Sedat Peker — the exiled Turkish mafia kingpin causing chaos for Erdoğan — has now accused the government’s Interior Minister of taking kickbacks from missing crypto exchange founder Faith Faruk Özer, reports Ahval.
In April, Thodex chief Özer reportedly fled Turkey to Albania with $2 billion in investor funds after taking the platform offline without warning.
Despite the arrest of his siblings, Özer remains at large and wanted by Turkish authorities for alleged fraud. There’s been no significant developments in the case over the past two months.
“… The man [Özer] escaped with $2 billion, you made a few fake arrests,” tweeted Peker. “… I will tell you how many liras you received.”
Peker says he’s based himself in Dubai for the past year, having left Turkey in early 2020 to avoid charges over alleged gang-related activity.
- Peker has attracted over a million followers on both YouTube and Twitter since release from prison in 2014.
- He began posting supposed proof of government corruption with a nine-part YouTube series in May.
- Peker detailed the alleged Thodex kickback in a June 10 Twitter thread.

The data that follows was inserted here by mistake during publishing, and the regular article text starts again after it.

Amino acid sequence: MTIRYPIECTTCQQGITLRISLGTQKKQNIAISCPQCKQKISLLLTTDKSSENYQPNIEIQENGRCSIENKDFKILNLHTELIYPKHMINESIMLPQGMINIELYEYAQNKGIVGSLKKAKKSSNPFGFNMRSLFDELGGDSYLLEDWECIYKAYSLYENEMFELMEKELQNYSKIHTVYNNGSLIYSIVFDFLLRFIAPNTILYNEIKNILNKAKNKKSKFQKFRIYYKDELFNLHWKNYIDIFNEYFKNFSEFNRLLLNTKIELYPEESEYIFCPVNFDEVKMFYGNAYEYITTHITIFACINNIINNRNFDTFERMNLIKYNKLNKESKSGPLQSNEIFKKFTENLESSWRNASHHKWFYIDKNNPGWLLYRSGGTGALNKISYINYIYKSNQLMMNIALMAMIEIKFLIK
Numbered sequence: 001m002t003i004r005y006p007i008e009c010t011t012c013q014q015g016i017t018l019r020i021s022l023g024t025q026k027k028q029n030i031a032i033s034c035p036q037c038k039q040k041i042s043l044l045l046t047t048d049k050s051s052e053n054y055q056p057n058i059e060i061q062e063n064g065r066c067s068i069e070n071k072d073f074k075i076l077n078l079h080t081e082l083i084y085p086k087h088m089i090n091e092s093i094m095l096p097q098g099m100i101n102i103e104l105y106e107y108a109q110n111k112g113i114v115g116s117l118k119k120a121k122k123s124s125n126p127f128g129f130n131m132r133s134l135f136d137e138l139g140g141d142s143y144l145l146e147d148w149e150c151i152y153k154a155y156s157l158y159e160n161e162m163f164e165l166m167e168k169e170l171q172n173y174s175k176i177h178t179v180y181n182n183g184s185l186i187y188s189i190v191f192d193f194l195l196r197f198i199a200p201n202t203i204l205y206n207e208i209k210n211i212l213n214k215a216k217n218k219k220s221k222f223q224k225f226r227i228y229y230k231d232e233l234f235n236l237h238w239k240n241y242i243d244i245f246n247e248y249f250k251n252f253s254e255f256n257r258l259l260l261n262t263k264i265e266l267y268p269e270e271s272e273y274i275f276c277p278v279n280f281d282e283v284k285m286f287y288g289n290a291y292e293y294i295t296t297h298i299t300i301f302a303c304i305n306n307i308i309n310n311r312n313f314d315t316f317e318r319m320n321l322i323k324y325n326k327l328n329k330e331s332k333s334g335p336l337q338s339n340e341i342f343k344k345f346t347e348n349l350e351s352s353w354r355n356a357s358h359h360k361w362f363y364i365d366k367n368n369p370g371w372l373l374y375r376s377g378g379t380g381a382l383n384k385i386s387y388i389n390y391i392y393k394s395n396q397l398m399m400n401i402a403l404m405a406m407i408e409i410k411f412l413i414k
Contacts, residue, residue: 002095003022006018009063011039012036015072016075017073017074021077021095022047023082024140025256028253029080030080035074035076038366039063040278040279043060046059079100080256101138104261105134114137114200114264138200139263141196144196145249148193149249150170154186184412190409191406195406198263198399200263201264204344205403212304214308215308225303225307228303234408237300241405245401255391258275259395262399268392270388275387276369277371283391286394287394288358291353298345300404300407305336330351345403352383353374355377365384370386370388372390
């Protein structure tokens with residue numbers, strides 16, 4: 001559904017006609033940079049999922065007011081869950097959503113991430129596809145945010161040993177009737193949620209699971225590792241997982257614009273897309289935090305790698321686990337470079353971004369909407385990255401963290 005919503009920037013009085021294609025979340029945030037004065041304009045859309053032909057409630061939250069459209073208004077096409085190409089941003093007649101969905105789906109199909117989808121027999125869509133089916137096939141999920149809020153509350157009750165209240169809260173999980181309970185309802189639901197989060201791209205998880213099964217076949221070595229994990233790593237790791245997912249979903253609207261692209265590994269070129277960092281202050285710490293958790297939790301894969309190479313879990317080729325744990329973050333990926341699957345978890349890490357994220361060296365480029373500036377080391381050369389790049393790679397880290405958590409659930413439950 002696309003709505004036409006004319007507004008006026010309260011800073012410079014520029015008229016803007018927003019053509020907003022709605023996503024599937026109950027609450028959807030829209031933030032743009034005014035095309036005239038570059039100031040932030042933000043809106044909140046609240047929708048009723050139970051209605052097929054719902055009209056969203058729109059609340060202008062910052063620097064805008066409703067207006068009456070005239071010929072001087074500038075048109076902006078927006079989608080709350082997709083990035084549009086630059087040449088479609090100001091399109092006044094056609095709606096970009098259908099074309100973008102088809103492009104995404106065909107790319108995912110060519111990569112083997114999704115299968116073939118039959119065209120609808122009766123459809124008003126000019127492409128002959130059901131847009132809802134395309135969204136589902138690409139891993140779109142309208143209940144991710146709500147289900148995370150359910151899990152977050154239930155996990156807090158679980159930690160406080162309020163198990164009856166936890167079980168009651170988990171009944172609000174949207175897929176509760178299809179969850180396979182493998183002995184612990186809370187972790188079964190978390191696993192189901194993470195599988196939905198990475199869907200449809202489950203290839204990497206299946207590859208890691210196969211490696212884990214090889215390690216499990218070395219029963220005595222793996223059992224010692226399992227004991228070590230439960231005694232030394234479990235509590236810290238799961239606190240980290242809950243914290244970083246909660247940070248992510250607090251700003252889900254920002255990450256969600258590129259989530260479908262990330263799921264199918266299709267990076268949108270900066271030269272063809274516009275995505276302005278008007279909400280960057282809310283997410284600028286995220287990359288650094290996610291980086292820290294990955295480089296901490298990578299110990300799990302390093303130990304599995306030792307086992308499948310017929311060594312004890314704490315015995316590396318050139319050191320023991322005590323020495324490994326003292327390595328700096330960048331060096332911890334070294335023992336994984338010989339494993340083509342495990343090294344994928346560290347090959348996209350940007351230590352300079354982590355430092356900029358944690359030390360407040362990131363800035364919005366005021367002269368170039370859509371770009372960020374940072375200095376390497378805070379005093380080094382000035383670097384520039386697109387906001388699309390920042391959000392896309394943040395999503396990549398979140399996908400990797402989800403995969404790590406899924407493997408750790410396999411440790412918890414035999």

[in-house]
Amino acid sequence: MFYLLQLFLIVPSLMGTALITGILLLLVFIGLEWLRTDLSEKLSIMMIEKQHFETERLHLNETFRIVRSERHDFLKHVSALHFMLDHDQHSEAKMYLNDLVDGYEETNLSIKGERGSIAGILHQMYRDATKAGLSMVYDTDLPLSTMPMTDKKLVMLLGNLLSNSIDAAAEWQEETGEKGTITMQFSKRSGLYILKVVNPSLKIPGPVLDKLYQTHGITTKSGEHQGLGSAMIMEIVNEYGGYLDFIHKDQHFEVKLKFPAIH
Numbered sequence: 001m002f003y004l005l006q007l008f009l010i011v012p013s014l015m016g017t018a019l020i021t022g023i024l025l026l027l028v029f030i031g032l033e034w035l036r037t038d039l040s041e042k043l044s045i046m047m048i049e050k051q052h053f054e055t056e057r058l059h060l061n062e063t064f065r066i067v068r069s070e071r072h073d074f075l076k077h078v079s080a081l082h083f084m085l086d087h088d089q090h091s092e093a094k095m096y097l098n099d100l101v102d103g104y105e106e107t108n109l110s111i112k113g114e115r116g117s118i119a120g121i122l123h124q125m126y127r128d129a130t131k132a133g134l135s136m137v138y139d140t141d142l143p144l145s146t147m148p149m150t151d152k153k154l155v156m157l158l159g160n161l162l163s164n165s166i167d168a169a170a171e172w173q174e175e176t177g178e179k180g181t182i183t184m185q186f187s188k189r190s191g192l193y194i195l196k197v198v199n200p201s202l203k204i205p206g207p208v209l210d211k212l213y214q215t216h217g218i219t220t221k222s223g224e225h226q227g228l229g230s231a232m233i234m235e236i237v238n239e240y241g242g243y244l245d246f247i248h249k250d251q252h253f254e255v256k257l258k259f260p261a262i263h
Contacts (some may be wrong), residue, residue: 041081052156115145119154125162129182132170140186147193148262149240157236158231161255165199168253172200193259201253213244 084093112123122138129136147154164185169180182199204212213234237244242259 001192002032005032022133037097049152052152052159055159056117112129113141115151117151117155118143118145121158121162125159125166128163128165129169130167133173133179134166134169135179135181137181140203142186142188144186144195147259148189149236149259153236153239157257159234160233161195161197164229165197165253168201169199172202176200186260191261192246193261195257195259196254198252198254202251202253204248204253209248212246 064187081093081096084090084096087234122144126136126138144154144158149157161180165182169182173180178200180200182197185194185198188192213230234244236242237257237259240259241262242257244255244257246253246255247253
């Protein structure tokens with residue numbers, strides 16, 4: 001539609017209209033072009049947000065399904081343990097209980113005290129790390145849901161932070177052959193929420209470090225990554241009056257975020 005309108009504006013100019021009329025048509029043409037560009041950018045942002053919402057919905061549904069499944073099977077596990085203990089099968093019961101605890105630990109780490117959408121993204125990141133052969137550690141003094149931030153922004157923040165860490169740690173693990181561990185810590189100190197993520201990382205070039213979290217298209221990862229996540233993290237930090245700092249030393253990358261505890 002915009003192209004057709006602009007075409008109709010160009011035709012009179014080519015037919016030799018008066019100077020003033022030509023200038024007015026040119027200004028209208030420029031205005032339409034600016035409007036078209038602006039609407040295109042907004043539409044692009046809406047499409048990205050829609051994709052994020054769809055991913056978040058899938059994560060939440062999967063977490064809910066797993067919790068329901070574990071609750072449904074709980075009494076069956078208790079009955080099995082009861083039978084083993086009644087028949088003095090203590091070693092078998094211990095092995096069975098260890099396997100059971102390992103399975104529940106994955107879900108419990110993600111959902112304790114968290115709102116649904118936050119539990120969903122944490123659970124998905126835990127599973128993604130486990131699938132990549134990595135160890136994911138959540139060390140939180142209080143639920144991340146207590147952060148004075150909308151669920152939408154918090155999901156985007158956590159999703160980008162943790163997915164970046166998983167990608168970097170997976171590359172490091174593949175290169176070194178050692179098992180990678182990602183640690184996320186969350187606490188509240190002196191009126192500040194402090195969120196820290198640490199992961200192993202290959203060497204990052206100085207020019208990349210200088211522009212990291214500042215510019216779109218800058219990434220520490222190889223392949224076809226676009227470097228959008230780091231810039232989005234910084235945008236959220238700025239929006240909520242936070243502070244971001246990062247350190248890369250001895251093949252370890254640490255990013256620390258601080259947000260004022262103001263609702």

According to TubeBuddy, Peker’s series of videos about the Turkish government has raked in over 100 million views in the last 30 days — about 60% of his overall total.
Turkish journalist and documentarian Can Dundar explained in a recent Washington Post op-ed: “Imagine El Chapo as a YouTuber or Al Capone publishing his memoirs. That’s the kind of impact Peker’s confessions have had in Turkey.”
Turkey pushing to extradite Peker
Turkey’s Interior Minister Süleyman Soylu is the public face for the Thodex investigation, having made regular statements to local press in the manhunt’s early days.
During a television spot with Turkish broadcaster NTV in late April, Soylu reportedly claimed Özer had only skipped the country with around $180 million from Thodex.
This contradicted earlier reports indicating as much as $2 billion had gone missing.
As noted by Alarabiya News, Soylu said “when [Özer] is caught with the red [Interpol] notice, we have extradition agreements with a large part of these countries. God willing, he will be caught and he will be returned.”
A week earlier, Soylu denied any connection to Özer after photos resurfaced of the pair at a 2019 summit.
“I do not know the person concerned, Faruk Fatih Özer,” tweeted Soylu (automatically translated). “He came to the appointment we gave to young software developers on December 23, 2019, through a relative.
“His name is not on the appointment list and he was only taken to the room during the photo shoot,” said Soylu.
Peker previously claimed Soylu had tipped him off to incoming police persecution, which triggered the mobster to flee to Dubai.
In May, Soylu reportedly fought back with calls to charge Peker with slander.